Groundhogs are large rodents that are known for their destructive behavior. They use their long, sharp claws to burrow into your garden and enjoy eating your flowers, vegetables, and tree bark. If they are becoming a nuisance, animal control professionals have the tools and experience to respond to your new friends. Here are five facts about groundhogs.
The scientific name for groundhogs, or woodchucks, is Marmota monax. They are the largest species in the squirrel family with the average size of a groundhog being about 20 inches long with a 7-inch tail. They typically weight about 6 to 12 pounds. On average, groundhogs live between 3 and 6 years. You can differentiate groundhogs from other large rodents by their brown fur, round body and small, bushy tail, short yet strong legs, curved claws, and small, round eyes. A groundhogs’ ears are located on top of their head and they have two long incisors.
Habitats and Diet
The area where the forest meets an open, well-vegetated field is often home to groundhogs. They spend much of their time underground in complex systems that they burrow. The ideal soil for burrowing is dry and well drained. Each day, a groundhog will eat a third of their weight in vegetation. They enjoy apples, beans and peas, carrot tops, clover, dandelions, flowers, garden vegetables, and tree bark. It’s not common, but sometimes they will also eat insects.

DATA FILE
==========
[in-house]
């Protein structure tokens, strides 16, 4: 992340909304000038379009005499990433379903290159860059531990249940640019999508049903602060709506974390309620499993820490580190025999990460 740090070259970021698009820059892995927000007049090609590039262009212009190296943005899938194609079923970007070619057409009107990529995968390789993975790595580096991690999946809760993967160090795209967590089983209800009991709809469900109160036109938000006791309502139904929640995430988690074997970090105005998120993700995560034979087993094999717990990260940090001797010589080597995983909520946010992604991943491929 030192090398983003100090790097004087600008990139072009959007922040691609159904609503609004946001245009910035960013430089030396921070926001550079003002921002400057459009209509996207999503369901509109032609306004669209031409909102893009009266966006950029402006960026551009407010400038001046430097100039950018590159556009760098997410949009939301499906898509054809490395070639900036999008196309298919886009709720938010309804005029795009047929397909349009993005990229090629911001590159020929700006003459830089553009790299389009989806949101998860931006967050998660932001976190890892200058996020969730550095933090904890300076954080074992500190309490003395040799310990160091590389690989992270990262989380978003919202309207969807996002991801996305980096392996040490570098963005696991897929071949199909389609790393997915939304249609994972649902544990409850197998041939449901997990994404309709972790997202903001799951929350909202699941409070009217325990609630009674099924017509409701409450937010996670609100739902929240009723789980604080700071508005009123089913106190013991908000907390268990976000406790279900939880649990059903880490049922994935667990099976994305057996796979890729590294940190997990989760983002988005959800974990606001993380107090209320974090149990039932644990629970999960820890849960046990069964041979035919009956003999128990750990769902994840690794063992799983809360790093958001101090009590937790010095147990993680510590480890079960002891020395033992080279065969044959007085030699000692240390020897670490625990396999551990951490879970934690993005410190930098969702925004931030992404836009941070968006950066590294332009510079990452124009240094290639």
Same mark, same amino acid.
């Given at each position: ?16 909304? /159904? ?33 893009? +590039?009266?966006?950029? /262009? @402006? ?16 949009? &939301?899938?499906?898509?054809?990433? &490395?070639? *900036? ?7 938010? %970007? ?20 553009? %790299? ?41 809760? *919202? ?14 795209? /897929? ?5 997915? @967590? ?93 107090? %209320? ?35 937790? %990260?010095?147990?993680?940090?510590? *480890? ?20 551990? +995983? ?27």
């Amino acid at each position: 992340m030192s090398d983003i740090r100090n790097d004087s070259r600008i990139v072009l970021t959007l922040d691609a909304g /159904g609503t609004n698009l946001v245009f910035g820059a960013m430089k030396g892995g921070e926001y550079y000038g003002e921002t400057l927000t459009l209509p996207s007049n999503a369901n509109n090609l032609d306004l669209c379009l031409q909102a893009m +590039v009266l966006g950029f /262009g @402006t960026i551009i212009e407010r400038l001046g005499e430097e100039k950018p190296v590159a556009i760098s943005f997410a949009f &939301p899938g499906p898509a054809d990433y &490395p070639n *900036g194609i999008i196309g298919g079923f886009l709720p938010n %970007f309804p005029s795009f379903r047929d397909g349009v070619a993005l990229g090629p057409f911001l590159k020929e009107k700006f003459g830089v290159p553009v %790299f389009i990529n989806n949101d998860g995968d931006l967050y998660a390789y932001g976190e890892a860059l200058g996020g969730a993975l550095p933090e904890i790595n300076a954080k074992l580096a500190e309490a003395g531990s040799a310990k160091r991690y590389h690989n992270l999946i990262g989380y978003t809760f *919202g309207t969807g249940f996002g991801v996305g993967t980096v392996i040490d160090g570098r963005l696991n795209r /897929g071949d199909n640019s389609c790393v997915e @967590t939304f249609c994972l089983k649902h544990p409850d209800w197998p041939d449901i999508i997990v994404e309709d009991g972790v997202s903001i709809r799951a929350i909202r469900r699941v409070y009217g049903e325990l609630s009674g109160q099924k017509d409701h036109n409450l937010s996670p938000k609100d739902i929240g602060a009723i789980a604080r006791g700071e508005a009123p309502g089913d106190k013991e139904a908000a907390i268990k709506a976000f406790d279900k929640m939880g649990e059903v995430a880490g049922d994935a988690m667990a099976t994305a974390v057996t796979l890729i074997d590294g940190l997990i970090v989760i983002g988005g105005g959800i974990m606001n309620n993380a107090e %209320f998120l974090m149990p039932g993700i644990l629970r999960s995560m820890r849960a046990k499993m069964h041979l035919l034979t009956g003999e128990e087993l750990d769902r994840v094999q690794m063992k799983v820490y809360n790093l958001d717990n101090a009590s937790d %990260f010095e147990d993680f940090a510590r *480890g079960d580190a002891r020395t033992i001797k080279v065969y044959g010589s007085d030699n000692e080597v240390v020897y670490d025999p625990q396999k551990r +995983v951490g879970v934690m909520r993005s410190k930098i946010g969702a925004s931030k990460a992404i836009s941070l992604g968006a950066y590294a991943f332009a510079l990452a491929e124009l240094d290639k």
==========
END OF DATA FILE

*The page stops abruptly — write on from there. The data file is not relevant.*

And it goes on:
Groundhogs can be spotted throughout the day during the spring, summer, and fall months. In the morning and afternoon, they’ll emerge from their burrows to gather food. They hibernate from October to early spring when mating season begins. The underground systems in which groundhogs live are comprised of multi-chamber burrows where they hoard food, nest, and hibernate. Groundhogs typically live solitary lifestyles, only seeking companionship during mating season. They do, however, warn each other of impending danger through unique, high-pitched shrills.
If you’ve been noticing mounds of soil in various locations, damaged or hollowed out crops, weakened building foundations, or chewed tubing, you may be experiencing a groundhog problem. There are traps and repellents you can use to keep groundhogs off your property.
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Shumaker’s Animal Control has over 25 years of experience in the animal and pest control field. Whatever your problem, we can help remedy the situation and restore your home (or yard) back to normal. Give us a call at (443) 854-8072 or contact us online today to see how we can help you! For more information on household and neighborhood pests and how to protect your family, follow us on Facebook, Twitter, Pinterest, and Google+.